Police reform often comes under the remit of broader security sector reform (SSR). The two are increasingly promoted in post-conflict, transitional and fragile states as a means of providing a stable environment within which wider social, economic and political development can take place. Despite this, however, researchers and practitioners argue that there is very little adequate monitoring and evaluation (M&E) of security sector reform processes.
Consequently, few instances of ‘successful evaluations’ that provide examples of how to proceed with the M&E of police reform exist. Lessons can be learnt, however, from examining the challenges that faced previous evaluations. The report particularly focuses on efforts to measure social outcomes.
The research highlights key aspects for designing police reform evaluation. These include:
- Ensure that a baseline survey is undertaken at the beginning of the programme’s implementation against which evaluators can subsequently assess findings.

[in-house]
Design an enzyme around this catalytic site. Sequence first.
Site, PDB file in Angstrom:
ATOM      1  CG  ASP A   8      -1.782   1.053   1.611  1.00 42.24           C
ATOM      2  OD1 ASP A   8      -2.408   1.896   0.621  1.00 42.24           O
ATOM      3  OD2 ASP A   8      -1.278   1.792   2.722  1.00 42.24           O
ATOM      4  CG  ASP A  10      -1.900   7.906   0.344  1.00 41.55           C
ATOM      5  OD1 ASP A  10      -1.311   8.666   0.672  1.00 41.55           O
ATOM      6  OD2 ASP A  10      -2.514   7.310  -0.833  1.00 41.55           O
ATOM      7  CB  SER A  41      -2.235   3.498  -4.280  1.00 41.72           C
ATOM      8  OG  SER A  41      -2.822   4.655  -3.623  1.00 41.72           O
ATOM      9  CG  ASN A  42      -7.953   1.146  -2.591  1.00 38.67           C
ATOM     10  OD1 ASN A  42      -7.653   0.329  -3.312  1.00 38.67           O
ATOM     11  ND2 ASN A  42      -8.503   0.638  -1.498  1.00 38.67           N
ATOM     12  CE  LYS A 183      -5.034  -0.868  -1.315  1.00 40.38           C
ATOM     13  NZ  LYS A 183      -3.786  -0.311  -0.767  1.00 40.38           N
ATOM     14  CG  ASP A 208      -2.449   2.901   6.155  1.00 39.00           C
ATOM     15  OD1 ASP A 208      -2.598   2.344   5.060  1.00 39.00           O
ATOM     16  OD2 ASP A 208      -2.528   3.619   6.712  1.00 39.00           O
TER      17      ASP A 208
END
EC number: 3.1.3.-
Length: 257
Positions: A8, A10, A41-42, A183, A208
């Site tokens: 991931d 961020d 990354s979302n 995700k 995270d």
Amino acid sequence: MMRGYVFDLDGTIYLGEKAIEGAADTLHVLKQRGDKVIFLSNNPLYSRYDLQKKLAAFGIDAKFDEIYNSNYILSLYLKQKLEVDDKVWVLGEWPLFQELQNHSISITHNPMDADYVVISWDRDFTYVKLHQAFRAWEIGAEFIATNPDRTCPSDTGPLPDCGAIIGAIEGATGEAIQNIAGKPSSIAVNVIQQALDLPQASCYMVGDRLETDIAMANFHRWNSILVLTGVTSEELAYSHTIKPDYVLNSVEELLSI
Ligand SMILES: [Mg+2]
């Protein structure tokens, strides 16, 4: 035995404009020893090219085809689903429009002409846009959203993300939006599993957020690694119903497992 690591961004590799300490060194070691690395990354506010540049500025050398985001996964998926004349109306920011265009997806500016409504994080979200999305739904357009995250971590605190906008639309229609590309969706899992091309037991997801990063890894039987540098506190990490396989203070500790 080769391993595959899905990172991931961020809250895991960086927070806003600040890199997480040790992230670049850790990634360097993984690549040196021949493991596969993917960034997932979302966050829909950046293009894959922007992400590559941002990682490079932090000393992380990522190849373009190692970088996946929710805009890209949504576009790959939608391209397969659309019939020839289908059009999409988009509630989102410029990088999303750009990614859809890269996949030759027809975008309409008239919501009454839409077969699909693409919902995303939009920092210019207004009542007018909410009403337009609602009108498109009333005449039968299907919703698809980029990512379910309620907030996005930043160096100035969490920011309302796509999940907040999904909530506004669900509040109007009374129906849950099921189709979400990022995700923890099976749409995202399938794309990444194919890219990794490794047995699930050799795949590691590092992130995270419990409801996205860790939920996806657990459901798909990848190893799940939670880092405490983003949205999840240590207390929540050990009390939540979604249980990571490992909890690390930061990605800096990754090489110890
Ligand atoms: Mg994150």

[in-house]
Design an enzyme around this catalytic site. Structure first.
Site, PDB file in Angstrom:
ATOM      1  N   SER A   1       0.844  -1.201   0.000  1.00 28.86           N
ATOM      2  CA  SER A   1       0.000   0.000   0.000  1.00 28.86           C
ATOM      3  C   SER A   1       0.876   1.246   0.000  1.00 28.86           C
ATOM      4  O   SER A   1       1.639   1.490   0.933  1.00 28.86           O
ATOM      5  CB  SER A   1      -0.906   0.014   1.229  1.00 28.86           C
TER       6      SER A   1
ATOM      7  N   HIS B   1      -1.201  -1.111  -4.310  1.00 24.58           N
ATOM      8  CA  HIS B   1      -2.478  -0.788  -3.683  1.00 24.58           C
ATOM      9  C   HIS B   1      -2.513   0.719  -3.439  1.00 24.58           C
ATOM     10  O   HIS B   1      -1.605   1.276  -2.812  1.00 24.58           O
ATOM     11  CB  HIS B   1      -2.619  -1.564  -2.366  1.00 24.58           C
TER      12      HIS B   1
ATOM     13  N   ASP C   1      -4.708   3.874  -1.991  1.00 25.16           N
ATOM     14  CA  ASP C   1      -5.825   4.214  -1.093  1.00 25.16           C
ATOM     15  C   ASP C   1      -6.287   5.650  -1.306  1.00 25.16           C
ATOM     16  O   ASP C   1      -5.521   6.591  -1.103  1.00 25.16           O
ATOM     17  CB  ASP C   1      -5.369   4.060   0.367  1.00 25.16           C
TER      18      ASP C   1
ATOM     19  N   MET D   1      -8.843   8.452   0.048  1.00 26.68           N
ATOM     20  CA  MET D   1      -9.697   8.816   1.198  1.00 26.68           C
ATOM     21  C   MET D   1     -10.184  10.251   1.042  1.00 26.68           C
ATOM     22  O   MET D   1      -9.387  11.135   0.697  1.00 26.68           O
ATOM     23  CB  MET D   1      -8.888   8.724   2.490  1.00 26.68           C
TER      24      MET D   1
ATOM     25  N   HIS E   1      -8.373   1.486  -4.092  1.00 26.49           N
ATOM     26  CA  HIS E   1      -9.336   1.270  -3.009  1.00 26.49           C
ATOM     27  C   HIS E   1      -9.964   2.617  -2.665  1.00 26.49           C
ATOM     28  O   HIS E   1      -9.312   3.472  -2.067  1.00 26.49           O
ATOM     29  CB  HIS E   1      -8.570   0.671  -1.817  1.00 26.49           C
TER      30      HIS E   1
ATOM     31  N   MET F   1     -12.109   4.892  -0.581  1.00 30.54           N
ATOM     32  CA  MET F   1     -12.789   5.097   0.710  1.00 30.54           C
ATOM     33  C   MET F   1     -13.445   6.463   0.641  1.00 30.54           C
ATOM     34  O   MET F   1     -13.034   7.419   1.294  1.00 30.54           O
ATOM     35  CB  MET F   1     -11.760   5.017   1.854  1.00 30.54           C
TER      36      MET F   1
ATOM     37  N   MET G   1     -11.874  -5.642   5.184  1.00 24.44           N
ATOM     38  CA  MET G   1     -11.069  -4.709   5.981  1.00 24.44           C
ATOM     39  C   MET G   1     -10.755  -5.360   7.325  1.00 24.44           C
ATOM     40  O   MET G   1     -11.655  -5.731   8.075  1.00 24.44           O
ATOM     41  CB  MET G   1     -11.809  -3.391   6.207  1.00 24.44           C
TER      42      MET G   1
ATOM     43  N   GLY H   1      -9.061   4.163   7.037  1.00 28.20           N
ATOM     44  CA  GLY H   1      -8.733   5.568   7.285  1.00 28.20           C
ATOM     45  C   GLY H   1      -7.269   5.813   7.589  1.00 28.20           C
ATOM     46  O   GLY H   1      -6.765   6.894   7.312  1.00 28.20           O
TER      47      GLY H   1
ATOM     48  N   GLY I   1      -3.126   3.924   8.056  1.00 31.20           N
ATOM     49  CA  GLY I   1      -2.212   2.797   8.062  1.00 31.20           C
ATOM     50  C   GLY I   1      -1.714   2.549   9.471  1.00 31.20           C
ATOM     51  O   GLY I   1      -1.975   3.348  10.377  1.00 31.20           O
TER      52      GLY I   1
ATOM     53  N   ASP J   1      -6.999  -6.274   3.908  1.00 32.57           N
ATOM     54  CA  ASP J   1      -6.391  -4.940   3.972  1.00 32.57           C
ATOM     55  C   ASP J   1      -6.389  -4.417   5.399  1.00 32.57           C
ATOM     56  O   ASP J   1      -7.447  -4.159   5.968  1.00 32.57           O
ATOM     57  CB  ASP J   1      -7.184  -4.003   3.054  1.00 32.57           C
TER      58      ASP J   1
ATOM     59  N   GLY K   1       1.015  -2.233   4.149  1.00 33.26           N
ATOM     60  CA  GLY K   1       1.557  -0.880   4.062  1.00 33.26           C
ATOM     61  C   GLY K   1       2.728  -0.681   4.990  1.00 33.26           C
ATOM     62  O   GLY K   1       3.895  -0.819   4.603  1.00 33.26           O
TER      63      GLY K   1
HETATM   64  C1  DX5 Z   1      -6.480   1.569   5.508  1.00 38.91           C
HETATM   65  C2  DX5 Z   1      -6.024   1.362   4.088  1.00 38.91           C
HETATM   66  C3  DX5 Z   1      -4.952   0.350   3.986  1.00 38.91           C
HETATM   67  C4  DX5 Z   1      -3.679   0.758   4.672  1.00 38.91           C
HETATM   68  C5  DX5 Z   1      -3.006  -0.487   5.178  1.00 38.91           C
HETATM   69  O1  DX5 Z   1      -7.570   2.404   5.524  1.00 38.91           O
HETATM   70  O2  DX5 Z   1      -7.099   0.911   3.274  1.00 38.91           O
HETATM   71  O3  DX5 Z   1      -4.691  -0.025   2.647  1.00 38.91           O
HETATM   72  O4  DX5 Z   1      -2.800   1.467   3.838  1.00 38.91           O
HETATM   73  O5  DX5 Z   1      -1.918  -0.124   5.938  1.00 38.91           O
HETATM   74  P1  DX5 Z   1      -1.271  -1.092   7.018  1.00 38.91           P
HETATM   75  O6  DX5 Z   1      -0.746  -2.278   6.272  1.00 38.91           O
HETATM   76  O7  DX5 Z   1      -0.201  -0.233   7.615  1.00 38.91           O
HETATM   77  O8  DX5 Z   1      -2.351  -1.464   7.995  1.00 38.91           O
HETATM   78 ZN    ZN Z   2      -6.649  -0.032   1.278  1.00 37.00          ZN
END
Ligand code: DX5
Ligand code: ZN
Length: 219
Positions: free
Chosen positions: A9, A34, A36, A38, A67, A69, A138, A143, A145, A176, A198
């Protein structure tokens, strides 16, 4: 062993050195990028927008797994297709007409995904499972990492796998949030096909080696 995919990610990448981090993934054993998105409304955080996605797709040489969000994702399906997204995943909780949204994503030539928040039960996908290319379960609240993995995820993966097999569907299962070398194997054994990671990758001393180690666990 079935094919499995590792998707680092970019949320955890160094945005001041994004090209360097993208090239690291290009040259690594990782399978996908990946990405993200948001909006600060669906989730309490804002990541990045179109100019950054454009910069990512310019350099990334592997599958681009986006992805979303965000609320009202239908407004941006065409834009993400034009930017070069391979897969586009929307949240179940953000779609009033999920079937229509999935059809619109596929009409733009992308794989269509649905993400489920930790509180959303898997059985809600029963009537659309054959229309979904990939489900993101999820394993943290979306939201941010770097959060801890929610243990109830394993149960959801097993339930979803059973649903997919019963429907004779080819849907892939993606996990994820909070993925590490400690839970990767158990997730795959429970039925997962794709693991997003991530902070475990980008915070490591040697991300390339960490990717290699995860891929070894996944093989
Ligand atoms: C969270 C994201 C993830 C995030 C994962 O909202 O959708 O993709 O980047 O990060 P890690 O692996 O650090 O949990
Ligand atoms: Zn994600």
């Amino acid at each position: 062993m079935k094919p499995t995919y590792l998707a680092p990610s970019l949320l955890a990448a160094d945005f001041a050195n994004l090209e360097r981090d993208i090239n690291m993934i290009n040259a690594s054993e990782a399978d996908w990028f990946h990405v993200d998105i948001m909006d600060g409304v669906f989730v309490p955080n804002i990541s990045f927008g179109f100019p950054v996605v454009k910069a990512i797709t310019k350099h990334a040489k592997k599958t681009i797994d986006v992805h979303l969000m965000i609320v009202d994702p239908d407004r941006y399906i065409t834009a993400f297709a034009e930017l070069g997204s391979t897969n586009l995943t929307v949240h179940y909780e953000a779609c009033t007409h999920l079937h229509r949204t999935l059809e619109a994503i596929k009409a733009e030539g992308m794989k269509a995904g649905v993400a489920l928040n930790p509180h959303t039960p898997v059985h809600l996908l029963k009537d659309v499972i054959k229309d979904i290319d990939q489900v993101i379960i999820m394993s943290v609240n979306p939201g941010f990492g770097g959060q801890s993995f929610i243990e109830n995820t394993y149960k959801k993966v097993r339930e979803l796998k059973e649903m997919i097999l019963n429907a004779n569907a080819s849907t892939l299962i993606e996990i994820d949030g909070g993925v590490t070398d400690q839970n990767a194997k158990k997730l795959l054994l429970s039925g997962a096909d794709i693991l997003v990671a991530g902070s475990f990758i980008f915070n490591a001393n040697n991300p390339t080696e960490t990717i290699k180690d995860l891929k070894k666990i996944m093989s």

- Clarity and purpose: Ensure that higher level indicators are broken down into specific, measureable elements.
- Local ownership and participation: The inclusion of beneficiaries and stakeholders external to the programme in the design and conduct of evaluations is critical to their success.
- Provide adequate time and resources: Plenty of time needs to be built in for gathering evidence and reviewing the programme, particularly when the programme has a wide scope.
- Public opinion polling is a valuable M&E tool, especially for measuring the development of a population’s sense of security. Such surveys can offer quantitative ‘proof’ as to whether observed changes in one area are attributable to programme activities, through a comparison with ‘control’ areas.
- The gender dimensions of policing are an important, often overlooked, aspect. Evaluations should consider the programme’s impacts on gender roles, expectations and outcomes, including matters such as domestic violence and sexual abuse.